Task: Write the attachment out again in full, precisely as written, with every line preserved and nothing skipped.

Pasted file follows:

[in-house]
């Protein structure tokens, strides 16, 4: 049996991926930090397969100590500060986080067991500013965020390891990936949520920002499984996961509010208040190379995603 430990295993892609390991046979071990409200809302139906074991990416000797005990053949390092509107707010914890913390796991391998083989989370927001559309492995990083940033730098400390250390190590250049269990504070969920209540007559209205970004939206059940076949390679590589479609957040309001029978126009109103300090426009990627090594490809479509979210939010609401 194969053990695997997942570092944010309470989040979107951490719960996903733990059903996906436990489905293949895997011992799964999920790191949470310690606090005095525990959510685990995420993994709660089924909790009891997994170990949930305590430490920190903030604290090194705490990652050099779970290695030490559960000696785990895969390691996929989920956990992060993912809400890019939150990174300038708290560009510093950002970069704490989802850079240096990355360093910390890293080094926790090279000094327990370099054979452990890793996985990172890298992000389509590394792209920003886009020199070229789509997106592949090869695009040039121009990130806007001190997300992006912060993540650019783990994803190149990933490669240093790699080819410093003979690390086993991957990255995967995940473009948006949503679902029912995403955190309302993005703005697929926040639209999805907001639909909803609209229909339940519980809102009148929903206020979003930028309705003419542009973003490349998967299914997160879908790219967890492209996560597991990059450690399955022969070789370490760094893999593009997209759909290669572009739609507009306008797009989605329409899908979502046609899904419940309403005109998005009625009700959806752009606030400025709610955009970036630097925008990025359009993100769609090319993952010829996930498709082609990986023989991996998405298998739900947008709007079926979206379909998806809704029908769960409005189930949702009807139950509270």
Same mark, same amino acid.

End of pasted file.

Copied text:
[in-house]
């Protein structure tokens, strides 16, 4: 049996991926930090397969100590500060986080067991500013965020390891990936949520920002499984996961509010208040190379995603 430990295993892609390991046979071990409200809302139906074991990416000797005990053949390092509107707010914890913390796991391998083989989370927001559309492995990083940033730098400390250390190590250049269990504070969920209540007559209205970004939206059940076949390679590589479609957040309001029978126009109103300090426009990627090594490809479509979210939010609401 194969053990695997997942570092944010309470989040979107951490719960996903733990059903996906436990489905293949895997011992799964999920790191949470310690606090005095525990959510685990995420993994709660089924909790009891997994170990949930305590430490920190903030604290090194705490990652050099779970290695030490559960000696785990895969390691996929989920956990992060993912809400890019939150990174300038708290560009510093950002970069704490989802850079240096990355360093910390890293080094926790090279000094327990370099054979452990890793996985990172890298992000389509590394792209920003886009020199070229789509997106592949090869695009040039121009990130806007001190997300992006912060993540650019783990994803190149990933490669240093790699080819410093003979690390086993991957990255995967995940473009948006949503679902029912995403955190309302993005703005697929926040639209999805907001639909909803609209229909339940519980809102009148929903206020979003930028309705003419542009973003490349998967299914997160879908790219967890492209996560597991990059450690399955022969070789370490760094893999593009997209759909290669572009739609507009306008797009989605329409899908979502046609899904419940309403005109998005009625009700959806752009606030400025709610955009970036630097925008990025359009993100769609090319993952010829996930498709082609990986023989991996998405298998739900947008709007079926979206379909998806809704029908769960409005189930949702009807139950509270």
Same mark, same amino acid.